Ask.com: What differentiates it from Google?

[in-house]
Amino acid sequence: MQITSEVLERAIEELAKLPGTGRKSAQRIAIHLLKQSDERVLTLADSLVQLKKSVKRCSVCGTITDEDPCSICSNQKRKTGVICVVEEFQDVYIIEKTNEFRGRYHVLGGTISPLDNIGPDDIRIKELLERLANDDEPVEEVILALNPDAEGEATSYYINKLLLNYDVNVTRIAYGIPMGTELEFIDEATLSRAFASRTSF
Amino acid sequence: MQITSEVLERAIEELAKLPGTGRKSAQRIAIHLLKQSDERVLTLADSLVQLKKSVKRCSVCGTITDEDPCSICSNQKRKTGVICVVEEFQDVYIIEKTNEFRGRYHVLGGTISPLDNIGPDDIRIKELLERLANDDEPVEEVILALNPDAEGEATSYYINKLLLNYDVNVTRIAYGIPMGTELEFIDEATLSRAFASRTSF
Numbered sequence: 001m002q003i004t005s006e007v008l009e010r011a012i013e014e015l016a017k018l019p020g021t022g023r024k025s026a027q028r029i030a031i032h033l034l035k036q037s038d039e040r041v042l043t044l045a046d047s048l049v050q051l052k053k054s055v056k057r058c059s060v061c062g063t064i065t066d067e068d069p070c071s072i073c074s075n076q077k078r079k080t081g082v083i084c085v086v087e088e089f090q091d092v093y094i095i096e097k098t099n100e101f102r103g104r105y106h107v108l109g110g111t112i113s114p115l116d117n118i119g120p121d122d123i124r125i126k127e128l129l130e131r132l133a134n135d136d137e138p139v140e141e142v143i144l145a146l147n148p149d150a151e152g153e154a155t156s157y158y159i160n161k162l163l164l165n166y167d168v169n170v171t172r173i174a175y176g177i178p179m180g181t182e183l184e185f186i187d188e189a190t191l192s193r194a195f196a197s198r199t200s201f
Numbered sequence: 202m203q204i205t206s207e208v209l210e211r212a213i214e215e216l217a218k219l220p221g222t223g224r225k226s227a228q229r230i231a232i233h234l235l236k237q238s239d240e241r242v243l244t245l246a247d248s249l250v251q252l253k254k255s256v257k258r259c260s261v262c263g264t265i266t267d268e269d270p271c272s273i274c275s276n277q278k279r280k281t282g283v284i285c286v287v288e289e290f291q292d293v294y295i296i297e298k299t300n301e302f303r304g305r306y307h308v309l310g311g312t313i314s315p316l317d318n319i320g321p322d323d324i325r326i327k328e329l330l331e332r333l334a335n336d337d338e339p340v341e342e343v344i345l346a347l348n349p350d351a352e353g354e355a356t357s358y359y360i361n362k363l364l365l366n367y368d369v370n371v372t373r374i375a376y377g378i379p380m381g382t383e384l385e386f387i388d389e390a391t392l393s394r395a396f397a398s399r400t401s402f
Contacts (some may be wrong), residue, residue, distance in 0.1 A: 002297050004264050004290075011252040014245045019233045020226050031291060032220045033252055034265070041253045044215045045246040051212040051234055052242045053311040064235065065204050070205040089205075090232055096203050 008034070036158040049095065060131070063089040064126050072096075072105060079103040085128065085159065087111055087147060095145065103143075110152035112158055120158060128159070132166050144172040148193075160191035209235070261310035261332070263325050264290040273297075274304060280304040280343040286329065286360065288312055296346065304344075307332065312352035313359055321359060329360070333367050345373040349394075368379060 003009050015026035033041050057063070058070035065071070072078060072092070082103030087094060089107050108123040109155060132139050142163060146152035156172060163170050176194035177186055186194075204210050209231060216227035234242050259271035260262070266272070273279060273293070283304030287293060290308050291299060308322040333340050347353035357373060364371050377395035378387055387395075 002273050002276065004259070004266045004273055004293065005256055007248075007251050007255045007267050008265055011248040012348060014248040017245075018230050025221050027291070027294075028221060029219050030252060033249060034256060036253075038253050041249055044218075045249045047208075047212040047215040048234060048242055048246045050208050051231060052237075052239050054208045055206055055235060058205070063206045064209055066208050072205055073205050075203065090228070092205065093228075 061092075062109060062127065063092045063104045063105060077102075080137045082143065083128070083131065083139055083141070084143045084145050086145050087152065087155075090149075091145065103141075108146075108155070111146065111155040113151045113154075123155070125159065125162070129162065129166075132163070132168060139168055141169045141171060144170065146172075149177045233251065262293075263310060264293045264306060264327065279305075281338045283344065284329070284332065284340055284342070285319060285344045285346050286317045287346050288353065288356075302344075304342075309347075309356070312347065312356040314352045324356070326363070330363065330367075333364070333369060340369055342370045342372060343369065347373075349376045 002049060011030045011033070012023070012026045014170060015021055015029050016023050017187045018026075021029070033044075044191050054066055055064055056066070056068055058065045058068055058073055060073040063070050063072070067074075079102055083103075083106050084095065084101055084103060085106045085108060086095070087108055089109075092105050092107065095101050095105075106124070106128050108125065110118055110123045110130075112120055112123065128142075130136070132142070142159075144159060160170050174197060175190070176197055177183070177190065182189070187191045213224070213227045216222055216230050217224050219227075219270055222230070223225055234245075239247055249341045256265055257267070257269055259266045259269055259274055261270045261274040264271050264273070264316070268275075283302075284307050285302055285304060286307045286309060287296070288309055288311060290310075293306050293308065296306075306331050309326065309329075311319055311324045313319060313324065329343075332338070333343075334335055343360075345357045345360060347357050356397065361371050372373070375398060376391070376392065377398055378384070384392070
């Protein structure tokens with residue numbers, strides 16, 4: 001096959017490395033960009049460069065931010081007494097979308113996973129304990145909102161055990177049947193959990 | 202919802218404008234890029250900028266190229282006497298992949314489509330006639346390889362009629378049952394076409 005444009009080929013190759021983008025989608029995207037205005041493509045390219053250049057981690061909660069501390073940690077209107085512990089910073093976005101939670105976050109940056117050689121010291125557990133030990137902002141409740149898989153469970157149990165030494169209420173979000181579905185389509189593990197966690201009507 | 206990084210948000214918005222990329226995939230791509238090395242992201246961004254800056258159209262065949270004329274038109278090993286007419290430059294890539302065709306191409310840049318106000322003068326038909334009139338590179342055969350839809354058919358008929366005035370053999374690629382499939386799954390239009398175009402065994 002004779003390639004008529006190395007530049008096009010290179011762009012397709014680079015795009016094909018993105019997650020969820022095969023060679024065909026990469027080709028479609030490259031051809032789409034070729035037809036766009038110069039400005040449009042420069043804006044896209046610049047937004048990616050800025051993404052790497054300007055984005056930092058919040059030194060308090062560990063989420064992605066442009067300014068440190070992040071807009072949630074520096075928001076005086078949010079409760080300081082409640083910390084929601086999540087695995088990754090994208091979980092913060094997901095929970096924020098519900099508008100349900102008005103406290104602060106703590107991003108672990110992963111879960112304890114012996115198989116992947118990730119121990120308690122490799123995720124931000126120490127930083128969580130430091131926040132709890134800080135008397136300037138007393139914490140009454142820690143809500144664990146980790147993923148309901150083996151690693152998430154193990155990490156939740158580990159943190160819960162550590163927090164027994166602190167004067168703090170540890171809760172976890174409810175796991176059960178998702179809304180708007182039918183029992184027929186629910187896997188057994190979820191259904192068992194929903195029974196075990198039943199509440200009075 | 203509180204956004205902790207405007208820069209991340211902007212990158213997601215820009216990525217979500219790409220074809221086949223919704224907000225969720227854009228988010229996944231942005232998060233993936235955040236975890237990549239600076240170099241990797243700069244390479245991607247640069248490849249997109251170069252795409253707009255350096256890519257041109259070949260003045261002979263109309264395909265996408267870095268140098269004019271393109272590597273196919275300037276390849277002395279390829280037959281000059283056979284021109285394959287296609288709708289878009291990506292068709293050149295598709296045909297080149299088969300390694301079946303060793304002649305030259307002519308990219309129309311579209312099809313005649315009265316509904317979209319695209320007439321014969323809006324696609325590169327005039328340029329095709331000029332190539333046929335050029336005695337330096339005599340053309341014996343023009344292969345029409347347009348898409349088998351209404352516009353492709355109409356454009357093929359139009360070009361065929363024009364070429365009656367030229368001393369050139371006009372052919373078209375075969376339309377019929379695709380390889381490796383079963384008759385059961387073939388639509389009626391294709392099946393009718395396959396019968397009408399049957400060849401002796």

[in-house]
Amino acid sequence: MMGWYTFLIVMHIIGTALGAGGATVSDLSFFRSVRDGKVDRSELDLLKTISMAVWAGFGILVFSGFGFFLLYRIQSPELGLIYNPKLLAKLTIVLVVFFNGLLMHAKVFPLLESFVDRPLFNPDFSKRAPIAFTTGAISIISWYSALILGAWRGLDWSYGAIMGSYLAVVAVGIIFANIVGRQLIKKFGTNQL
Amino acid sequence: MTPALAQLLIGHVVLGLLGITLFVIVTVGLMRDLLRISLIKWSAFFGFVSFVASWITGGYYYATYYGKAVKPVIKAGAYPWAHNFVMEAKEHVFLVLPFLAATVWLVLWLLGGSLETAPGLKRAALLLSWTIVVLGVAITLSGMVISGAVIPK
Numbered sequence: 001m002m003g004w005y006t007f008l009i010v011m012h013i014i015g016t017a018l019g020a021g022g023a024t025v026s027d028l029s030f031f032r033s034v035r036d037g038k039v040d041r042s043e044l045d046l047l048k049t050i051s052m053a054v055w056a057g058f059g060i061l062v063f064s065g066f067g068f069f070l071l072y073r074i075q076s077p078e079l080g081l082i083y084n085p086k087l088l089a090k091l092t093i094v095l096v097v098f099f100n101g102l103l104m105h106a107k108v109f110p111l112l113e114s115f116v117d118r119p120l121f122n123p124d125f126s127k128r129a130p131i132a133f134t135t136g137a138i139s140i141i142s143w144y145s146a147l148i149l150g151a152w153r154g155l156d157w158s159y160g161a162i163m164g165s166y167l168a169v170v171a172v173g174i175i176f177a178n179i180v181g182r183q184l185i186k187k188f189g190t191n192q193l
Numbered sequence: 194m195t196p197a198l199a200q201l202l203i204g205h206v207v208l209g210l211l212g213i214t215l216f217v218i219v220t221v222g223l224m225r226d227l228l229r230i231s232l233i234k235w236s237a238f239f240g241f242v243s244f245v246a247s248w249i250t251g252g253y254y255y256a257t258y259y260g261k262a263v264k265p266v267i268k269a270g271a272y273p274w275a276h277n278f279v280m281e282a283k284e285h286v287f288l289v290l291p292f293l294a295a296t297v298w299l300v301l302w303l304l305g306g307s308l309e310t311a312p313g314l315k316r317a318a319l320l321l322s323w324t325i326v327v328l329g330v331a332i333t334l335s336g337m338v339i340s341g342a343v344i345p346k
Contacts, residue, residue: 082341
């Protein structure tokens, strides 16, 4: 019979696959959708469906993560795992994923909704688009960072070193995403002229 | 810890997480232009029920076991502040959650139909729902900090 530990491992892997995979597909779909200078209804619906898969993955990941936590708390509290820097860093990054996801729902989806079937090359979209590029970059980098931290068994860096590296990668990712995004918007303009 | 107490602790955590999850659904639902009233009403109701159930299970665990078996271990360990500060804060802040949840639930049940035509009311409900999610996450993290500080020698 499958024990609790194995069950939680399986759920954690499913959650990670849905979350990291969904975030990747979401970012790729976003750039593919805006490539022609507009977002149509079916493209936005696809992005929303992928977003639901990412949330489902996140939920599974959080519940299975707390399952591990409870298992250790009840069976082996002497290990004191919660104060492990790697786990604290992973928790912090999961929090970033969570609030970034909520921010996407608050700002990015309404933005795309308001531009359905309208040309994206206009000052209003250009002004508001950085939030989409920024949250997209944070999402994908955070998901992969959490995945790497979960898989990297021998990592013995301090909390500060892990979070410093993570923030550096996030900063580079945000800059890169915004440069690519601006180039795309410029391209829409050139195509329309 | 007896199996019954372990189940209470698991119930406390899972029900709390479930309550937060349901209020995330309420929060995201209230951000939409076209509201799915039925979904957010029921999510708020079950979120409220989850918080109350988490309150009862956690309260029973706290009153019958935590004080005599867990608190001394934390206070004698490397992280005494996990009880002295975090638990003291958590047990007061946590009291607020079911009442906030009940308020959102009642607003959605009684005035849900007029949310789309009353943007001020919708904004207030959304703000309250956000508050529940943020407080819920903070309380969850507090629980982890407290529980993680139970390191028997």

first_imgWhy Tech Companies Need Simpler Terms of Servic… Related Posts Other Features & ConclusionAsk.com also says it does social search, but rather than rely on user tagging – whichthey say is only popular in niche tech circles (e.g. del.icio.us and Flickr) – Ask.comlets its algorithm do the work. It does this by breaking terms down into groups andpresenting the results to the user. If you do asearch on gardening for example, you’ll see how it is broken down into multiplecategories.Ask.com also has the usual search portal (circa 2006) features – mobile, maps, news,blogs, binoculars (page preview), etc. There are subtle differences in all of thosefeatures when compared to Google, Yahoo and MSN. But ultimately I have to ask (pardon thepun): is Ask.com ‘next generation’ enough to challenge the big 3 plus AOL?I do like the concept of ExpertRank and their willingness to get as much useful infoon the first page of search results as possible. It seems like an innovative approach andcertainly differentiates Ask from Google.But when it comes down to it, the results I see aren’t sufficiently differentto make me want to change. I suspect a lot of Google’s 50%+ market share of users feelsthe same. Ask.com is still a successful business though, even if they don’t manage tomake great inroads into the market. I’m sure Ask is not crying into its milk about being5th. I was told that currently over 20% of Ask’s entire search terms – and hundreds ofcategories – have a Smart Answer.Comparison of Ask with GoogleIf you compare Ask.com to Google, there are immediately some noticeable differences.An obvious one is that Ask.com puts its advertisements within the main content pane,instead of in a separate right-hand pane like Google does. So when you do a generalsearch in Ask, the right-hand pane is sometimes occupied by advanced search options. AlsoAsk often has their ‘smart answers’ (see above) at the top of the main pane. The effectof all this is to give the user more immediately useful information – and drill downoptions – on the first page of results. This is what Jim Lanzone meant at Web 2.0 Summitwhen hesaid that “Ask.com enables users to do more, faster.”Below are a couple of screenshots, showing a search on “new zealand” in Ask, followedby the same query in Google: A Web Developer’s New Best Friend is the AI Wai… During the Web 2.0 Summit, I got a chanceto sit down with the team at Ask.com and find out moreabout their search engine. This was straight after a Summit session entitled ‘DisruptionOpportunity: Beating Google at Their Own Game’ – in which Ask CEO Jim Lanzone and SeniorVP of the Online Services Group at Microsoft (and ex-Ask CEO) Steve Berkowitz discussedwith John Battelle how they are competing with Google. R/WW’s coverage of thatsession ishere.Letting the stats do the talking…Whenever I talk to or meet Ask.com people, I always get the feeling they are a littlepissed off at the lack of attention they get from blogs. To compensate, out come thestats to prove how big they are. For example, they often make a point of saying thatAsk.com is the 5th biggestsearch engine in theUS – behind Google, Yahoo, MSN and AOL. Also, Jim mentioned during the Summit sessionthat Ask is the 7thbiggest web property in the US – ahead of the likes of Amazon, NY Times andApple.So there’s no doubting that Ask.com is a significant player in the Web business – andI agree they don’t get their due for that. But what about the actual product – theAsk.com search engine. How does it stack up? I spoke to the team and took the searchengine for a test drive to find out…What really differentiates Ask from Google?I asked this of the Ask.com team, in our hallway meeting at the Summit. They told methat Ask’s technology “looks at the Web differently”. Whereas Google’s PageRank ranks itssearch results by popularity, Ask has something it calls “ExpertRank”. Essentially thisis an automated search algorithm (like Google has), but on top of that results areordered using topic communities and the editorial functions that create ‘Smart Answers’.While the ExpertRank formula is a secret sauce that Ask.com won’t divulge, they do saythat the top results in searches are determined by expertise – and not popularity. As itstates on their helppages:“Identifying topics (also known as “clusters”), the experts on those topics, and thepopularity of millions of pages amongst those experts — at the exact moment your searchquery is conducted — requires many additional calculations that other search engines donot perform.”Smart AnswersI was curious to know how ‘smart answers’ are determined. For a start, they don’t popup on every search result – for example a search for “richard macmanus” displays myprimary RSS feed at the top of the page, instead of a smart answer. The Ask team told methat smart answers are editorially done – and is a reminder of their natural languagepast. If you recall, Ask Jeeves (as it used to be known before the butler was fired, er Imean de-commissioned) started out as a search engine where you could ask a naturallanguage question – e.g. “what the heck is web 2.0?” – and get back a good answer. SmartAnswers is an extension of that philosophy of providing a natural language answer to auser’s search query. It does this by a combination of automated data mining and humaneditorial. But the human editors don’t physically write the answers, I was told – ratherthey act as aggregators and filters.center_img richard macmanus Top Reasons to Go With Managed WordPress Hosting Tags:#search#web 8 Best WordPress Hosting Solutions on the Marketlast_img read more